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It turns out people aren't completely awful after all. You may remember that late last year, Ghost of Tsushima fans worked together to ensure that a torii gate that was destroyed in a tropical storm on the real-life island of Tsushima could be fully repaired via a successful crowdfunding campaign launched by Yuichi Hirayama, a priest at Tsushima's Watatsumi Shrine.
The campaign came to an end on Sunday with more than 540% of its goal raised. Hirayami was aiming for 5,000,000 JPY ($47,500). In the end, an incredible 27,103,882 JPY was donated. That's roughly $260k - a little over a quarter of a million dollars.
"We have received a great deal of support from the players of the Ghost of Tsushima game set in Tsushima, and I feel that it is God's guidance," Hirayama wrote on the crowdfunding page (via VGC).
In September, Typhoon Haishen was the first super typhoon of the 2020 Pacific typhoon season, tearing through North Korea, South Korea, Japan, and northeastern parts of China with 195 kilometer per hour winds. While the island of Tsushima is no stranger to extreme weather conditions, the near-total destruction of one of the island's sacred torii gates came as an unprecedented shock.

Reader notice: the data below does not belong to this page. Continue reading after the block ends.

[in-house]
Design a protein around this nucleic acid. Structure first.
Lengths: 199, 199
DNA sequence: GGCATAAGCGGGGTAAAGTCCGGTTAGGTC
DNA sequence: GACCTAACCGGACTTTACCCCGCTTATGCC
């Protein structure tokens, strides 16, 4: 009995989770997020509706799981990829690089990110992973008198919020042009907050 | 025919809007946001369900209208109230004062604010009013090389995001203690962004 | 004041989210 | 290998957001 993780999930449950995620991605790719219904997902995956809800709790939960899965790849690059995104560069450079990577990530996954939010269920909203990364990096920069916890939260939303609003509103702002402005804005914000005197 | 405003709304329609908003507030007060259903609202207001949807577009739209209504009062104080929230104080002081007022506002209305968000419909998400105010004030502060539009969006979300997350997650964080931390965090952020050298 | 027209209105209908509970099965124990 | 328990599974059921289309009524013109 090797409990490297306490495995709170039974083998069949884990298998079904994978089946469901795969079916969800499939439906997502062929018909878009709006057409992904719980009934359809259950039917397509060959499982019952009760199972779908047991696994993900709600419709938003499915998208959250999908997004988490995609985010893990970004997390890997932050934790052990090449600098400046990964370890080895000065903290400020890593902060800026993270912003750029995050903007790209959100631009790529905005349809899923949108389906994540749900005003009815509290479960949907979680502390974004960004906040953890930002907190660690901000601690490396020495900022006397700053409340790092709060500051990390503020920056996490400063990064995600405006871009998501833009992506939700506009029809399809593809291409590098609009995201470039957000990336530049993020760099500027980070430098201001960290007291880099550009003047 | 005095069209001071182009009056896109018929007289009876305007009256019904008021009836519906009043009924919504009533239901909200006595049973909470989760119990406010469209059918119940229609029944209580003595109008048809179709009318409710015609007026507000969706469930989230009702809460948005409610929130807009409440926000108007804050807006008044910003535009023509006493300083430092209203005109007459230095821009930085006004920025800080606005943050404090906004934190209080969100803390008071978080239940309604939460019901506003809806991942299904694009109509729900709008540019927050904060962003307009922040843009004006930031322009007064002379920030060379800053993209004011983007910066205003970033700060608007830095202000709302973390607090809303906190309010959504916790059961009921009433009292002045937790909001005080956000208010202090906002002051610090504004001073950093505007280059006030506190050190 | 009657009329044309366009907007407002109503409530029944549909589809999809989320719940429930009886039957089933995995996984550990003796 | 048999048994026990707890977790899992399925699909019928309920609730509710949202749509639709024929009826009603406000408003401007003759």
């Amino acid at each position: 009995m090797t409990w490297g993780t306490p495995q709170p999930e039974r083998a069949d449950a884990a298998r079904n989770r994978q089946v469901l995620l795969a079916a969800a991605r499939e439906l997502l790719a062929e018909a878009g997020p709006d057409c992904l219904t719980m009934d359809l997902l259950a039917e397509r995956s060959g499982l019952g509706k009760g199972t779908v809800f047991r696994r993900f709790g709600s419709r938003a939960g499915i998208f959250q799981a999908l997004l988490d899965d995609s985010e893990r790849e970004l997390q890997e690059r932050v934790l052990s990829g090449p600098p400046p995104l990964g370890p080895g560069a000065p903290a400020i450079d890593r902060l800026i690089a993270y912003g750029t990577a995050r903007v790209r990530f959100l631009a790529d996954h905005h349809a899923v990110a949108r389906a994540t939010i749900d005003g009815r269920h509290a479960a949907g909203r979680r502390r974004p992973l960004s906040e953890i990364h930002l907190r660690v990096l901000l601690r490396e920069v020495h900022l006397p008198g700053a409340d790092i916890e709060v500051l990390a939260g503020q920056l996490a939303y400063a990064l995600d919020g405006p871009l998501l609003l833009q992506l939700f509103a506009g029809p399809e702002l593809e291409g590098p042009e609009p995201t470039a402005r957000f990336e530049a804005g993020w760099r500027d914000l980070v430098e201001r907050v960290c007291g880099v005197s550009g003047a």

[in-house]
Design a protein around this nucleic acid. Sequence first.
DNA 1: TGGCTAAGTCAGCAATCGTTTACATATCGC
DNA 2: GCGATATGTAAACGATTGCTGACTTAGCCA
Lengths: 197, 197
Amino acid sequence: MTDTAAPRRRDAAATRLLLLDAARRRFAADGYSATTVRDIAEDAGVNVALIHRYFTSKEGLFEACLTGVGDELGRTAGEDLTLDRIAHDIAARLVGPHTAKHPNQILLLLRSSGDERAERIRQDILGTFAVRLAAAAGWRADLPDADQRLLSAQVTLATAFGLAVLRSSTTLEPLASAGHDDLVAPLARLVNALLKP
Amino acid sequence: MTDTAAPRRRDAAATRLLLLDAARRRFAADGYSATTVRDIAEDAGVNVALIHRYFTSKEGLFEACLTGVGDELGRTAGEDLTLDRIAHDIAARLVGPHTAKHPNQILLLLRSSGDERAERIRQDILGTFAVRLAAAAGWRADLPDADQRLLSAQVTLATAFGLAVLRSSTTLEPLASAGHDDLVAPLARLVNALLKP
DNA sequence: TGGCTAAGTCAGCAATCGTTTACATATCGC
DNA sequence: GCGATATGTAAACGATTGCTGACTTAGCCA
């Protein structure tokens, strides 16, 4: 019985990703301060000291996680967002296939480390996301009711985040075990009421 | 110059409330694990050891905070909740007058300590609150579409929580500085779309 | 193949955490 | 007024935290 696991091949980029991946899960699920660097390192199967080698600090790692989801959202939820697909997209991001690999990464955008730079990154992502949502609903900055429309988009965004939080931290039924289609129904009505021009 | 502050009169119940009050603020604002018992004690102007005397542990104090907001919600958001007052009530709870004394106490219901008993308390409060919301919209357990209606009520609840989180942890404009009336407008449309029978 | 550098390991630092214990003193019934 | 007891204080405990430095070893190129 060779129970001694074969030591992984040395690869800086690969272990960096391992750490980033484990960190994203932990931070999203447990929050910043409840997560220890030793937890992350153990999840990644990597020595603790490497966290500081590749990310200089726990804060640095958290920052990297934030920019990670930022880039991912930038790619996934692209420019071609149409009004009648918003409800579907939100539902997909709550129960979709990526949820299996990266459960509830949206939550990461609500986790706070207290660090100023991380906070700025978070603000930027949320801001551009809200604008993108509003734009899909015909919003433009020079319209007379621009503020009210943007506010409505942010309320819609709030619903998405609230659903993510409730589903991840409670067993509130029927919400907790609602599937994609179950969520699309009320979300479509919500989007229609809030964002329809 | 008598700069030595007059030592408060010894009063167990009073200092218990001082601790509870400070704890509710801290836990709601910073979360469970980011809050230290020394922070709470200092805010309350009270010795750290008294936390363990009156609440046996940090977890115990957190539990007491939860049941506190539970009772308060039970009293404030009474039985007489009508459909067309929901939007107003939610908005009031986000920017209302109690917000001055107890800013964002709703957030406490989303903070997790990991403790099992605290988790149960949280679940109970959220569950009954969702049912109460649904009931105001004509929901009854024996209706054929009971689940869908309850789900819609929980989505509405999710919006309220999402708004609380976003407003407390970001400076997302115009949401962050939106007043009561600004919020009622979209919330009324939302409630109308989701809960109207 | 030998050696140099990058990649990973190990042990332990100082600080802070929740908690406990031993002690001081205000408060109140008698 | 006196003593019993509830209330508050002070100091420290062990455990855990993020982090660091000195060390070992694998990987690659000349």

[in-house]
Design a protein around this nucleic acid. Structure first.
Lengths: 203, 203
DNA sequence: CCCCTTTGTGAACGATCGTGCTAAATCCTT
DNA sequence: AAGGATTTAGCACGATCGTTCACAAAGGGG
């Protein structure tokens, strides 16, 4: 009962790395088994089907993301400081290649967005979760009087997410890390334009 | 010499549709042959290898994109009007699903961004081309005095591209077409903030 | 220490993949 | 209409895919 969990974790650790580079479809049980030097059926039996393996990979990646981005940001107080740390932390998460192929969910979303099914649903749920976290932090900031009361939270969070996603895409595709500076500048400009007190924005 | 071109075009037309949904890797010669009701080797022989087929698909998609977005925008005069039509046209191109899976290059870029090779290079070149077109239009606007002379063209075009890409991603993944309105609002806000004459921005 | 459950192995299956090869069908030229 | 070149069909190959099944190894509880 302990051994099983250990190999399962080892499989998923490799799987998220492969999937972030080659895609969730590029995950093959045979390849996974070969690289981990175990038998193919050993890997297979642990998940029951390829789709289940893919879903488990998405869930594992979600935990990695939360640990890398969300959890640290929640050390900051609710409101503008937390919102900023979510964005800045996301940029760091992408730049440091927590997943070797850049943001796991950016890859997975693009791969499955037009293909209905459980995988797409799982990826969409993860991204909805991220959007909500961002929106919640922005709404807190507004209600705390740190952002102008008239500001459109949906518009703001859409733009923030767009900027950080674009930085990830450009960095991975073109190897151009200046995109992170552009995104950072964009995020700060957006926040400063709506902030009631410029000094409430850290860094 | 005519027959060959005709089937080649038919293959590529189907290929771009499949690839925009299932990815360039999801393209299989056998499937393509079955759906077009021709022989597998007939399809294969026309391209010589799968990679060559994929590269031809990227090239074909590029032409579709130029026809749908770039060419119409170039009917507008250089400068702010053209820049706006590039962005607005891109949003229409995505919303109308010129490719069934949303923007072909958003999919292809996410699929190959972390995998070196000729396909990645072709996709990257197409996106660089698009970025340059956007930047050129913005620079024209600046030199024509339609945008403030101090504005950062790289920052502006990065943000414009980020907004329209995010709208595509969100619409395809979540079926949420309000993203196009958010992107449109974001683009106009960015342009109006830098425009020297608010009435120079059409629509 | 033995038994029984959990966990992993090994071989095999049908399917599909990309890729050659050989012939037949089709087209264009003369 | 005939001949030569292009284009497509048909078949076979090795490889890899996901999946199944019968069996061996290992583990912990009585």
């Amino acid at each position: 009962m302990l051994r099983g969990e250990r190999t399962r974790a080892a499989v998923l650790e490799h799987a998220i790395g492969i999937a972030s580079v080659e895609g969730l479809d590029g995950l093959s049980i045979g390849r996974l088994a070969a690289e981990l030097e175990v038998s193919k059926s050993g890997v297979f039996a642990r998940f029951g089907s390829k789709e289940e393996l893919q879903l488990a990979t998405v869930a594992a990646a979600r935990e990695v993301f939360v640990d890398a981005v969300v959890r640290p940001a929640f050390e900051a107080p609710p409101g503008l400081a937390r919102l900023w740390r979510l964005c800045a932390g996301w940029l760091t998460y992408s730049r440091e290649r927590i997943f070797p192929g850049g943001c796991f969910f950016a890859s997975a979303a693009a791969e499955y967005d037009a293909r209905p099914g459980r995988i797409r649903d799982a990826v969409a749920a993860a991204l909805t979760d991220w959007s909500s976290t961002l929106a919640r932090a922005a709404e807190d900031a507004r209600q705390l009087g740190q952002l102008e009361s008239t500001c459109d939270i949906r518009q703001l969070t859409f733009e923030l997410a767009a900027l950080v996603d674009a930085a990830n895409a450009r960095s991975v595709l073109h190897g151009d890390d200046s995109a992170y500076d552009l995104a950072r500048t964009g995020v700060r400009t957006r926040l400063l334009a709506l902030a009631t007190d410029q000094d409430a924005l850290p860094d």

Torii feature in Ghost Of Tsushima, which is set on a version of the island during the thirteenth century. As in real-life, these sacred gates signify the way to Shinto shrines. In the game, visiting these shrines will reward the player with certain perks and buffs. While the version of Tsushima in Ghost Of Tsushima takes some liberties, geographically speaking, it has been praised for its historical attention to detail.
"There's like a notion that Westerners don't understand things (about Japan), but that hypothesis itself is mistaken," said the executive director of the Yakuza series, Toshihiro Nagoshi last year. "There are numerous things I bow my head to, like aiming at setting a game in that time period...I could go on and on," said Nagoshi. "I feel an earnest sense of a job well done."
Hirayama hopes that once the pandemic is over that the shrine will be visited by the supporters of the campaign.
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